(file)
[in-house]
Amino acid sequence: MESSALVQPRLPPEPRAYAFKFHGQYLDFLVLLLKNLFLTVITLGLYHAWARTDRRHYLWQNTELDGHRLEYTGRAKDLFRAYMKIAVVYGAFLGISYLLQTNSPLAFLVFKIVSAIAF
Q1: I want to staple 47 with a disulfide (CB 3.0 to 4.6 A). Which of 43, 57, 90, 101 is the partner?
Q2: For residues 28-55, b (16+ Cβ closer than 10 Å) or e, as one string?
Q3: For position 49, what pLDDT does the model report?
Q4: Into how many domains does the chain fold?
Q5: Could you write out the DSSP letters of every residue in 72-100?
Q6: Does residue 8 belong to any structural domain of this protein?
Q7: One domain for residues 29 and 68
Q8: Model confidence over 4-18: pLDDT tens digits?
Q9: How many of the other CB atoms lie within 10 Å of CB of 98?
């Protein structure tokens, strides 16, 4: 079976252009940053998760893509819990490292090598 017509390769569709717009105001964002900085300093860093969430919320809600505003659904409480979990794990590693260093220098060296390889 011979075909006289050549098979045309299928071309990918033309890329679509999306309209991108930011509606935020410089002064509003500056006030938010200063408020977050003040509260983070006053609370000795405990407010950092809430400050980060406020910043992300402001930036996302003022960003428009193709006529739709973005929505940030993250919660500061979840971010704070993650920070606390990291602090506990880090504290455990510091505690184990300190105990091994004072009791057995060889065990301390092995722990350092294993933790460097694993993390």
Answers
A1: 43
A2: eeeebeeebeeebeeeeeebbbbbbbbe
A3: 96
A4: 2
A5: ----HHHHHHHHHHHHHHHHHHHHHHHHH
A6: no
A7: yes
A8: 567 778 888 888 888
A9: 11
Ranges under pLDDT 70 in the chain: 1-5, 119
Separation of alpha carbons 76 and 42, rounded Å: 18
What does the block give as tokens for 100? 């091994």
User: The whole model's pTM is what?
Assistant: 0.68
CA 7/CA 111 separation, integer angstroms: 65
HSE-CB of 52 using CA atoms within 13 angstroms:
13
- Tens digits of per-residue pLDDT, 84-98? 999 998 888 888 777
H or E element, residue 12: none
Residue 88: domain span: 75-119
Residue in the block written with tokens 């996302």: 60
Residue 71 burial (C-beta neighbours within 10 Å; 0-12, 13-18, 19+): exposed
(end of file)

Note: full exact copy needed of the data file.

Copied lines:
[in-house]
Amino acid sequence: MESSALVQPRLPPEPRAYAFKFHGQYLDFLVLLLKNLFLTVITLGLYHAWARTDRRHYLWQNTELDGHRLEYTGRAKDLFRAYMKIAVVYGAFLGISYLLQTNSPLAFLVFKIVSAIAF
Q1: I want to staple 47 with a disulfide (CB 3.0 to 4.6 A). Which of 43, 57, 90, 101 is the partner?
Q2: For residues 28-55, b (16+ Cβ closer than 10 Å) or e, as one string?
Q3: For position 49, what pLDDT does the model report?
Q4: Into how many domains does the chain fold?
Q5: Could you write out the DSSP letters of every residue in 72-100?
Q6: Does residue 8 belong to any structural domain of this protein?
Q7: One domain for residues 29 and 68
Q8: Model confidence over 4-18: pLDDT tens digits?
Q9: How many of the other CB atoms lie within 10 Å of CB of 98?
């Protein structure tokens, strides 16, 4: 079976252009940053998760893509819990490292090598 017509390769569709717009105001964002900085300093860093969430919320809600505003659904409480979990794990590693260093220098060296390889 011979075909006289050549098979045309299928071309990918033309890329679509999306309209991108930011509606935020410089002064509003500056006030938010200063408020977050003040509260983070006053609370000795405990407010950092809430400050980060406020910043992300402001930036996302003022960003428009193709006529739709973005929505940030993250919660500061979840971010704070993650920070606390990291602090506990880090504290455990510091505690184990300190105990091994004072009791057995060889065990301390092995722990350092294993933790460097694993993390």
Answers
A1: 43
A2: eeeebeeebeeebeeeeeebbbbbbbbe
A3: 96
A4: 2
A5: ----HHHHHHHHHHHHHHHHHHHHHHHHH
A6: no
A7: yes
A8: 567 778 888 888 888
A9: 11
Ranges under pLDDT 70 in the chain: 1-5, 119
Separation of alpha carbons 76 and 42, rounded Å: 18
What does the block give as tokens for 100? 């091994």
User: The whole model's pTM is what?
Assistant: 0.68
CA 7/CA 111 separation, integer angstroms: 65
HSE-CB of 52 using CA atoms within 13 angstroms:
13
- Tens digits of per-residue pLDDT, 84-98? 999 998 888 888 777
H or E element, residue 12: none
Residue 88: domain span: 75-119
Residue in the block written with tokens 């996302």: 60
Residue 71 burial (C-beta neighbours within 10 Å; 0-12, 13-18, 19+): exposed